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Global status plan for Tyrone amenity

ONE of Tyrone’s most striking natural amenities could become only Ireland’s fourth UNESCO World Heritage site.

On Thursday night, councillors agreed to start exploring the process to gain global recognition of the dark skies over the Davagh Forest area near Kildress, which is now home to a brand new £1.5million observatory.

Increasing numbers of star gazers, photographers and tourists have been visiting the remote region of the Sperrins in recent years to take advantage of the unique lack of light pollution which gives unrivalled views of the dark skies.

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With UNESCO World Heritage status, members of Mid Ulster District Council are hoping the area could see an exponential increase in visitors and in turn, boost the local economy.

As well as the new OM Dark Sky Observatory in Davagh Forest, the area is also home to the ancient Beaghmore Stone Circles which are older than Stonehenge.

Sinn Féin councillor, Sean Clarke – who lives just a few miles from Davagh – put forward the proposal at the monthly meeting of Mid Ulster District Council, which was given unanimous approval.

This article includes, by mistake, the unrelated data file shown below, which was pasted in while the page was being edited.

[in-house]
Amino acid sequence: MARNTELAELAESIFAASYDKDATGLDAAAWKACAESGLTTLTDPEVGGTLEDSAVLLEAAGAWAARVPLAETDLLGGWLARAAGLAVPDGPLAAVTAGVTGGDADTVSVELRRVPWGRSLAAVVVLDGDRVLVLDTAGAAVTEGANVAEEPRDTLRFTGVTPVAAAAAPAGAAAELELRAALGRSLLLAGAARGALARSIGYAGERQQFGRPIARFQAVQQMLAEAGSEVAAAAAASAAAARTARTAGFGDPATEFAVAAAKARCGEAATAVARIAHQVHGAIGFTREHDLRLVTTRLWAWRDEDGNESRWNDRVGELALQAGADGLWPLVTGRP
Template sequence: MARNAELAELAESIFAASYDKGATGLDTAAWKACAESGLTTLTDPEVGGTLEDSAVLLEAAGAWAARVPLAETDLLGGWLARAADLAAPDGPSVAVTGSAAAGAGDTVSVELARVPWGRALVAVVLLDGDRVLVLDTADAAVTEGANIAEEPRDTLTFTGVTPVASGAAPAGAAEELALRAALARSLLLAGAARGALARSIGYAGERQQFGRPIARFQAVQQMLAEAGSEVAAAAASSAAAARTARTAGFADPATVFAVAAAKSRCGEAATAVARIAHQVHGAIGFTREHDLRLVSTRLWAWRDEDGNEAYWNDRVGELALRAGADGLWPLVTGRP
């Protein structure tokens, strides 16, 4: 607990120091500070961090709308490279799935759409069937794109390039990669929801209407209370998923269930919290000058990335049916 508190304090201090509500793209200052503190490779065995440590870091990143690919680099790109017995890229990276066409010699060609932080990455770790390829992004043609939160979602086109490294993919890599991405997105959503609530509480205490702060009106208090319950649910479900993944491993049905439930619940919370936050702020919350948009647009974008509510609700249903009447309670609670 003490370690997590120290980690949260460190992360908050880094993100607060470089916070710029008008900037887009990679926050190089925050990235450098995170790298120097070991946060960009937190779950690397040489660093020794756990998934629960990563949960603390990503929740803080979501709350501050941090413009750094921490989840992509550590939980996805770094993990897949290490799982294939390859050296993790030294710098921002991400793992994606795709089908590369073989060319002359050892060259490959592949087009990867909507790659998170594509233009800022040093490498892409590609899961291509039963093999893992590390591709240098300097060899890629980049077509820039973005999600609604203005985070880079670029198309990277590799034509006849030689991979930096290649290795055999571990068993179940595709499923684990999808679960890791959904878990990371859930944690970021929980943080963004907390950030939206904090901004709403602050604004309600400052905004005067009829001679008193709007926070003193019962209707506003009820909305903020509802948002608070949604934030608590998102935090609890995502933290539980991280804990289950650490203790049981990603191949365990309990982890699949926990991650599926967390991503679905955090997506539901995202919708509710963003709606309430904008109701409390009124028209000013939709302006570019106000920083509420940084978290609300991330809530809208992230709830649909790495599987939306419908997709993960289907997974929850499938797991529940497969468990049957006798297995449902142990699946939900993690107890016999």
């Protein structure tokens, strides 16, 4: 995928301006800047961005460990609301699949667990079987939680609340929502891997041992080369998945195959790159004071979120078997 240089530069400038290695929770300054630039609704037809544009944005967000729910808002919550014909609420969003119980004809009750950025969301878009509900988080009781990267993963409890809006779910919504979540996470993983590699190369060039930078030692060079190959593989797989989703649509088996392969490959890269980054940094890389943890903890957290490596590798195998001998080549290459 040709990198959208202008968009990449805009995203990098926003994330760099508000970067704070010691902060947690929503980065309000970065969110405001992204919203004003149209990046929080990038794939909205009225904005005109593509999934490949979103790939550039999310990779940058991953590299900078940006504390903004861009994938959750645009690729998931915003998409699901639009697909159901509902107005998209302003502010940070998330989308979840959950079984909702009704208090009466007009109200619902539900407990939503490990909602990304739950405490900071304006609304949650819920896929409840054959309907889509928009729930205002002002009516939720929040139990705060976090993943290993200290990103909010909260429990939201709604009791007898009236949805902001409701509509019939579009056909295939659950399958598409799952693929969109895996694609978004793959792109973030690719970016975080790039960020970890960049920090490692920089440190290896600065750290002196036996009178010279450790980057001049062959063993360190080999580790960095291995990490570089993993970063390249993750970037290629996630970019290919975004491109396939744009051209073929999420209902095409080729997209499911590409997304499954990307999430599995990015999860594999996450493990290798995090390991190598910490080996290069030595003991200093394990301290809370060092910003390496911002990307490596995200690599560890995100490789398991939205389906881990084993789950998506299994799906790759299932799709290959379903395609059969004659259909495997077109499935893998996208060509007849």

“Our Dark Sky Park would definitely merit the recognition. It is already accepted as one of the relatively few areas throughout the world where the night sky is largely unaffected by light pollution,” he said.

“There is also the significance of the archaeological sites in this locality and it is evident that for thousands of years people have been drawn to live in this area and its clear views of the sky.

“As a result, Davagh Dark Sky Park is an extremely important site from an historic, archaeological and indeed environmental viewpoint.”
At the meeting, some concerns were raised by several councillors.

Ulster Unionist Cllr Derek McKinney said he feared UNESCO status may impact on future developments.

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“I feel that we have just come out of lockdown and I feel that if this was to go forward, it would put the whole area into total lockdown for planning and expansion of business, for family homes.”

But Cllr Clarke said those concerns would be addressed as the council investigated what new regulations may be introduced if the region were successful in achieving the status.

“The Magherafelt, Cookstown and Dungannon areas will all benefit from it. It will cost money, but the return will be way and above what is invested.

“This will put Mid Ulster on another level.”

Should the Dark Sky Park be successfully accepted as a UNESCO site, then it would be only the fourth in Ireland, following in the footsteps of the Giants Causeway, Sceilg Mhichil on the west coast of Kerry and Bru na Boinne on the bend of the River Boyne in Co Meath.

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